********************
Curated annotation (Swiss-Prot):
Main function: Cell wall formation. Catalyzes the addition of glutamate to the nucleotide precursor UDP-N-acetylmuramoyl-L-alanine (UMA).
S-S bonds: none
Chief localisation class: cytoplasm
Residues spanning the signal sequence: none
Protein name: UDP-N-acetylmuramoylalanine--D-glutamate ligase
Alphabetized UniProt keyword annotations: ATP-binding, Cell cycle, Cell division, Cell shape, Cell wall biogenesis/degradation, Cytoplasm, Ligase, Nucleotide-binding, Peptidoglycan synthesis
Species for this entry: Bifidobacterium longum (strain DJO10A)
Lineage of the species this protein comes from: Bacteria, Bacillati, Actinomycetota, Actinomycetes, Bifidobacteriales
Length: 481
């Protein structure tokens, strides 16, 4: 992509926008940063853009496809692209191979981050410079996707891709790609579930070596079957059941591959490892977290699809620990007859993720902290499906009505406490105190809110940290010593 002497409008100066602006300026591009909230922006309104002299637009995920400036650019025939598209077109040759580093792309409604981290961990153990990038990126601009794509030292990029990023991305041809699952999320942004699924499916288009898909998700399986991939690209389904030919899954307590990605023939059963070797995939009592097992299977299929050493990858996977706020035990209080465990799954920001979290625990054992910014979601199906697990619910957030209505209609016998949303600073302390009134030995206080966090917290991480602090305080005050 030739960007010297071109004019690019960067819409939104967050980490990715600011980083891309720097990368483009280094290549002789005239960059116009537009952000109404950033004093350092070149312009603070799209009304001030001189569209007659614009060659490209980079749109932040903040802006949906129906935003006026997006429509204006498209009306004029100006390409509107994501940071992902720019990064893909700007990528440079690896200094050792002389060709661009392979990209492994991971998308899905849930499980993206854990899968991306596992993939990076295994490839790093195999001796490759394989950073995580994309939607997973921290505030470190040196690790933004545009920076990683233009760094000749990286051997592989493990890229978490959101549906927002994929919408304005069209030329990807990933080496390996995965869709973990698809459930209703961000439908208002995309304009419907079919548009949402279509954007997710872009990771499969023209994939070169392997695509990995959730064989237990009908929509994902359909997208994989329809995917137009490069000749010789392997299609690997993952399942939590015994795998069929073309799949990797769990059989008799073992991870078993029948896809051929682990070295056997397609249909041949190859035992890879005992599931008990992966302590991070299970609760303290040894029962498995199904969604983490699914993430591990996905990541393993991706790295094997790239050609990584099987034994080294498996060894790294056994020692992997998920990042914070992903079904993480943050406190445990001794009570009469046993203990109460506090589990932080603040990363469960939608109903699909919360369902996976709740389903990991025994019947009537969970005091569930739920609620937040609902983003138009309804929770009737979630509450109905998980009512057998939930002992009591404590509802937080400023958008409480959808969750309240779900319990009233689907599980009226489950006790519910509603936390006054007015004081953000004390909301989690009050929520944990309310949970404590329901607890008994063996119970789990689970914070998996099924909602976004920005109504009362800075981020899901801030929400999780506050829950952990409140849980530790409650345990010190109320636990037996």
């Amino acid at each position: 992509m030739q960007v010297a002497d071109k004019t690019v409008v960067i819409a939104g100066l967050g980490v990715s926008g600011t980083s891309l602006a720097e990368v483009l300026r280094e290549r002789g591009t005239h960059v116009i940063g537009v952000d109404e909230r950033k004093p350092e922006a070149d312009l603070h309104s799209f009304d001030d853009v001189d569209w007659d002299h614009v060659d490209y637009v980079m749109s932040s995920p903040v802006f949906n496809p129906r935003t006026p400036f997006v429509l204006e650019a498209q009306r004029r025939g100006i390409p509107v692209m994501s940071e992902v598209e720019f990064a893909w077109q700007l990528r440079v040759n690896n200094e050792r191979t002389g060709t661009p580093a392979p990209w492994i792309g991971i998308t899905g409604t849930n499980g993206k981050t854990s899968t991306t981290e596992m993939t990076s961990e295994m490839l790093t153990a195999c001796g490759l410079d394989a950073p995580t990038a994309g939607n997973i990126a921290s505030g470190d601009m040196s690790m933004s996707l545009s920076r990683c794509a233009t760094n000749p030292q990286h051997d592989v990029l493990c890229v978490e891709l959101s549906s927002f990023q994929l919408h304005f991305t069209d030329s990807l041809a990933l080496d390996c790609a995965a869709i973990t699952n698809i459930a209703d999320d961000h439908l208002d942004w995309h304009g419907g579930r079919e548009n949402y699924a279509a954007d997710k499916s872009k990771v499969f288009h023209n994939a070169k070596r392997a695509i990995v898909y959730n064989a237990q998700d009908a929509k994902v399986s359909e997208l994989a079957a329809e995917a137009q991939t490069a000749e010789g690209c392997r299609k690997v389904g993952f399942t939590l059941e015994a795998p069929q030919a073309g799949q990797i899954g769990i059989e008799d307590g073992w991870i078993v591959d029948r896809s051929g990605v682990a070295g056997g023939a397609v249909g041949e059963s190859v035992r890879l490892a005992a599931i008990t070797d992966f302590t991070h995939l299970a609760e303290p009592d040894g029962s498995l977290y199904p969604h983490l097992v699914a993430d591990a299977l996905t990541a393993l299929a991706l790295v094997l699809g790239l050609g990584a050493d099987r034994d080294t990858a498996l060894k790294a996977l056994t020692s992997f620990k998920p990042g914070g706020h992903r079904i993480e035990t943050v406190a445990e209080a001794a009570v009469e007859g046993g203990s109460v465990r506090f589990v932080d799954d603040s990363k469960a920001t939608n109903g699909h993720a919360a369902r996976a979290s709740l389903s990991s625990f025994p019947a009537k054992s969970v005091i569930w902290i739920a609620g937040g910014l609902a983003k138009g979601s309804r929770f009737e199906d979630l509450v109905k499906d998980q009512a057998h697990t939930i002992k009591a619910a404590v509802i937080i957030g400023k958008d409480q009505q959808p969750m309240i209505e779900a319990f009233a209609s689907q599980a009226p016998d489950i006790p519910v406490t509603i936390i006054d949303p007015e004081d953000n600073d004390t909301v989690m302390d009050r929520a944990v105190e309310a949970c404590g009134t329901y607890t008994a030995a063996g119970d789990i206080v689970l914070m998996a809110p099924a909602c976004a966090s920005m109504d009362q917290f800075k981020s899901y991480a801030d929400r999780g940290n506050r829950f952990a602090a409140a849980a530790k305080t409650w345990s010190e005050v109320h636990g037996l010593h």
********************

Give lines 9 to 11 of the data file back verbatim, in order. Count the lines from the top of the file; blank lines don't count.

Lineage of the species this protein comes from: Bacteria, Bacillati, Actinomycetota, Actinomycetes, Bifidobacteriales
Length: 481
């Protein structure tokens, strides 16, 4: 992509926008940063853009496809692209191979981050410079996707891709790609579930070596079957059941591959490892977290699809620990007859993720902290499906009505406490105190809110940290010593 002497409008100066602006300026591009909230922006309104002299637009995920400036650019025939598209077109040759580093792309409604981290961990153990990038990126601009794509030292990029990023991305041809699952999320942004699924499916288009898909998700399986991939690209389904030919899954307590990605023939059963070797995939009592097992299977299929050493990858996977706020035990209080465990799954920001979290625990054992910014979601199906697990619910957030209505209609016998949303600073302390009134030995206080966090917290991480602090305080005050 030739960007010297071109004019690019960067819409939104967050980490990715600011980083891309720097990368483009280094290549002789005239960059116009537009952000109404950033004093350092070149312009603070799209009304001030001189569209007659614009060659490209980079749109932040903040802006949906129906935003006026997006429509204006498209009306004029100006390409509107994501940071992902720019990064893909700007990528440079690896200094050792002389060709661009392979990209492994991971998308899905849930499980993206854990899968991306596992993939990076295994490839790093195999001796490759394989950073995580994309939607997973921290505030470190040196690790933004545009920076990683233009760094000749990286051997592989493990890229978490959101549906927002994929919408304005069209030329990807990933080496390996995965869709973990698809459930209703961000439908208002995309304009419907079919548009949402279509954007997710872009990771499969023209994939070169392997695509990995959730064989237990009908929509994902359909997208994989329809995917137009490069000749010789392997299609690997993952399942939590015994795998069929073309799949990797769990059989008799073992991870078993029948896809051929682990070295056997397609249909041949190859035992890879005992599931008990992966302590991070299970609760303290040894029962498995199904969604983490699914993430591990996905990541393993991706790295094997790239050609990584099987034994080294498996060894790294056994020692992997998920990042914070992903079904993480943050406190445990001794009570009469046993203990109460506090589990932080603040990363469960939608109903699909919360369902996976709740389903990991025994019947009537969970005091569930739920609620937040609902983003138009309804929770009737979630509450109905998980009512057998939930002992009591404590509802937080400023958008409480959808969750309240779900319990009233689907599980009226489950006790519910509603936390006054007015004081953000004390909301989690009050929520944990309310949970404590329901607890008994063996119970789990689970914070998996099924909602976004920005109504009362800075981020899901801030929400999780506050829950952990409140849980530790409650345990010190109320636990037996």